comes from the root word for the number
five in Hebrew. The number five is considered
to have special magical powers that bring
good luck. The number five is represented
by the five fingers of an open human hand
in a natural motion of the holding an open
hand to warn off an oncoming enemy. The
shape of the hand is a symbolic “stop
sign” to the devil. It is commonly
believed that both the Hamsa hand and the
colors blue and turquoise are defenders
against all evil. Hamsa hand is the most
popular cameo for well-being and good luck
in the Middle East .
|There are two main styles
of a hamsa hand: the stylized
hamsa hand with two symmetrical thumbs, and hamsa
hands that are not symmetrical and shaped like
actual hands. Either hamsa hand can be
worn with the fingers pointing up or down.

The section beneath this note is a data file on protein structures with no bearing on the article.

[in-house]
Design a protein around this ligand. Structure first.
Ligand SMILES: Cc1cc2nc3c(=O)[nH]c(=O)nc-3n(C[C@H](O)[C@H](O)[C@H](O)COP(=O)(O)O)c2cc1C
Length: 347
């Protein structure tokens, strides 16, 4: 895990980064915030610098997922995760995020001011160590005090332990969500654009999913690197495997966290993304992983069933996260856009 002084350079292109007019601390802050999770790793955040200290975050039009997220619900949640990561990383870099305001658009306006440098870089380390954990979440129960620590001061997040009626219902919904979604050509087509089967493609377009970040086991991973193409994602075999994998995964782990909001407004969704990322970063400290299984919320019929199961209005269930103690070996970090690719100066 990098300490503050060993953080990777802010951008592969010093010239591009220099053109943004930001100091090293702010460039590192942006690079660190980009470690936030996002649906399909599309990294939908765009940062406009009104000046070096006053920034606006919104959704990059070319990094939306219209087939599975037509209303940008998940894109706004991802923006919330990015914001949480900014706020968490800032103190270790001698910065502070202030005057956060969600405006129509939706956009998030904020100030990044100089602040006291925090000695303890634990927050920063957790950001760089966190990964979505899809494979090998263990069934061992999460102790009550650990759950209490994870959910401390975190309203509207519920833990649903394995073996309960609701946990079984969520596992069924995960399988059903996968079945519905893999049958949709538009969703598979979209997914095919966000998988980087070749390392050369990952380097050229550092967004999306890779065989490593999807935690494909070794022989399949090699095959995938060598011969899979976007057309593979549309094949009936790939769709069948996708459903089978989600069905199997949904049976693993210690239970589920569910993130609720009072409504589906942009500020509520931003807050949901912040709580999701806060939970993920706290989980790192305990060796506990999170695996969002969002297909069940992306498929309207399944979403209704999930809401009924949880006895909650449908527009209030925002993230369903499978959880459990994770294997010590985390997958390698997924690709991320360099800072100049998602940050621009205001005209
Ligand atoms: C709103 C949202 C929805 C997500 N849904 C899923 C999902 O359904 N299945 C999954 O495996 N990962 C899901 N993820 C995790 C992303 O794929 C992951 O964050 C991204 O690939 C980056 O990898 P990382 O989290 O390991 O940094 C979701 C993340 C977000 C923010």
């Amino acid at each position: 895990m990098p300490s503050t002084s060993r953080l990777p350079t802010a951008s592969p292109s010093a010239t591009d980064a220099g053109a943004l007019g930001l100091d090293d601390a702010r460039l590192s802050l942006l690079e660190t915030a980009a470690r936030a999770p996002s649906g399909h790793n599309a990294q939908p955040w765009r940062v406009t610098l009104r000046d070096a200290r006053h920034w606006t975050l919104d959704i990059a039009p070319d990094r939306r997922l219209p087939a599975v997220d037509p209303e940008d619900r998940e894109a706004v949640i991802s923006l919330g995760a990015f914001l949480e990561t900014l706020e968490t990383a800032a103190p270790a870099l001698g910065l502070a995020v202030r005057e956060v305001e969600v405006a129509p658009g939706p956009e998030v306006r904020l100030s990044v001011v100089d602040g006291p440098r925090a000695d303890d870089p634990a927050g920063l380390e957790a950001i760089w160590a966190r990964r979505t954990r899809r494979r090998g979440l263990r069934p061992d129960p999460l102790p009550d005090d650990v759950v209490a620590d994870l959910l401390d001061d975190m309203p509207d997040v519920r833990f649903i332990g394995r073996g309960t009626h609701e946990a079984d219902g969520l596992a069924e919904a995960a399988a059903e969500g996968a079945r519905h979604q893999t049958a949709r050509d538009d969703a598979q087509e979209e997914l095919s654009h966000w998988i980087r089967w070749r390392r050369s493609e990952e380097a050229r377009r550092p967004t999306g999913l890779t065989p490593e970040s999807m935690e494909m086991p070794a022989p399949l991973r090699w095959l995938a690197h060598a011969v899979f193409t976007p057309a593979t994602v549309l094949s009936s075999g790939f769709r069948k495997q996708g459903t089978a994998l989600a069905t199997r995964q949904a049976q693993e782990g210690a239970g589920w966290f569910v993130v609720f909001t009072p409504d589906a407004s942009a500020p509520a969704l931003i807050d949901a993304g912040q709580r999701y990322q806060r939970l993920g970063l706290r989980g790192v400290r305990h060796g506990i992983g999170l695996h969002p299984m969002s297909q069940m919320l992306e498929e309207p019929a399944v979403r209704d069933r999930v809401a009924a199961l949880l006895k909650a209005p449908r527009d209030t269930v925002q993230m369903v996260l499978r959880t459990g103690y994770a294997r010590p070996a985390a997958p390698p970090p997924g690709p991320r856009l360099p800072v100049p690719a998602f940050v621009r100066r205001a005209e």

The hamsa is popular as a charm most often
worn as a necklace, but can be found
as a decorative element in houses, on key chains,
on other jewellery items. Many artists use the
image of the hamsa hand in jewelry, paintings,
sculptures, wall decorations, and amulets.
The renewed interest in Kabbalah
and mystical Judaism is a factor
in bringing the hamsa
pendant back into fashion. In Jewish
mysticism, fish are a symbol of good luck,
so many hamsas are also decorated with fish images.
Sometimes hamsas are inscribed with Hebrew
prayers, such as the Sh'ma, Birkat
HaBayit (Blessing for the Home), or
HaDerech (Traveler's Prayer).